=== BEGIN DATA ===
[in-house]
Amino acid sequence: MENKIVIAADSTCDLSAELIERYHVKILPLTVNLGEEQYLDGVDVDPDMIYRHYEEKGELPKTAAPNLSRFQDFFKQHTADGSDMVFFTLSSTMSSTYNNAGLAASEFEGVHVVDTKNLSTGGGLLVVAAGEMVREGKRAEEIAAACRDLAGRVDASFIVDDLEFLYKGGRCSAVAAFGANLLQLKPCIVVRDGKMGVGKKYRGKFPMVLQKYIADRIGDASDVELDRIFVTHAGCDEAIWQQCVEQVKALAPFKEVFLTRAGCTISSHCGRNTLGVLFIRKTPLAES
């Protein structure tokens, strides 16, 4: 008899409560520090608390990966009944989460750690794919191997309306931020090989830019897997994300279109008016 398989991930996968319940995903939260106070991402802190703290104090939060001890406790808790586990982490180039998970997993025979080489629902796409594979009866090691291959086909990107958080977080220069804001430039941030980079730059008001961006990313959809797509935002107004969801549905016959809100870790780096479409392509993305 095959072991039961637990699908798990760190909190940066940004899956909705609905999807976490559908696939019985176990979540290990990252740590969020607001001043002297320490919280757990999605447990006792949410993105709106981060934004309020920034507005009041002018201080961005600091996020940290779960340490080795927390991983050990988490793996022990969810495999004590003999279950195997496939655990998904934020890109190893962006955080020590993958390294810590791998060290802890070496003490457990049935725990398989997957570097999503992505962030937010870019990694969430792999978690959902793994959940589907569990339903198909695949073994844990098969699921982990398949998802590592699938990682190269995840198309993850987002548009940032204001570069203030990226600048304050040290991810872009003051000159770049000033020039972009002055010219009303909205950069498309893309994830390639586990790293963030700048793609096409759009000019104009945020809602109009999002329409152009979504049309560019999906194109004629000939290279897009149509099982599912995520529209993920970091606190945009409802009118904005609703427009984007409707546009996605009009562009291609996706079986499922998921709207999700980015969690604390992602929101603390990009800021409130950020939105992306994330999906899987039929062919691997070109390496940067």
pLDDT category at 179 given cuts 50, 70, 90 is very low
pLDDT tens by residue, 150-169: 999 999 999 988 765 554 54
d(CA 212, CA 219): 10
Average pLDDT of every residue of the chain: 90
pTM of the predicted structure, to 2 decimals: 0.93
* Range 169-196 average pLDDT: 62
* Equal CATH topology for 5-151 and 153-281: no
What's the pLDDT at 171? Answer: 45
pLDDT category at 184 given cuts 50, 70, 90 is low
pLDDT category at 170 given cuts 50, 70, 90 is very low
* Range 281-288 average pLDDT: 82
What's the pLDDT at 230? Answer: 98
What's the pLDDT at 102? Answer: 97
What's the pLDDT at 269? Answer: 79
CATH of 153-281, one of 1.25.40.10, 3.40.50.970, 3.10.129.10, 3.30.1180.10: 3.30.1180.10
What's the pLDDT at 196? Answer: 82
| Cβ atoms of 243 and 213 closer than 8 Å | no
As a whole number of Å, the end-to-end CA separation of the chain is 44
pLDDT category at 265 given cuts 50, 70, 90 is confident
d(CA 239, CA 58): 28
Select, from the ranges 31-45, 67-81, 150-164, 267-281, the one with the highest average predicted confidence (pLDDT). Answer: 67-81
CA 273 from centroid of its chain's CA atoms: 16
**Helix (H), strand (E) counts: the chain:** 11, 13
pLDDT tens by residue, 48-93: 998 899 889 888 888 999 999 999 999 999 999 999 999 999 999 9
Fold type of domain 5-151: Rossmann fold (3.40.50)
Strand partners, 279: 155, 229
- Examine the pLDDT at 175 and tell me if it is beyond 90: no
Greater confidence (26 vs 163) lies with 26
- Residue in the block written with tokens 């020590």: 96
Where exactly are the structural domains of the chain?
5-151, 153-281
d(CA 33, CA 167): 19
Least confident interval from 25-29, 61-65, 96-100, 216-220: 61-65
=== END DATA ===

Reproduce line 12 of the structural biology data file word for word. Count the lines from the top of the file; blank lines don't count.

pLDDT category at 184 given cuts 50, 70, 90 is low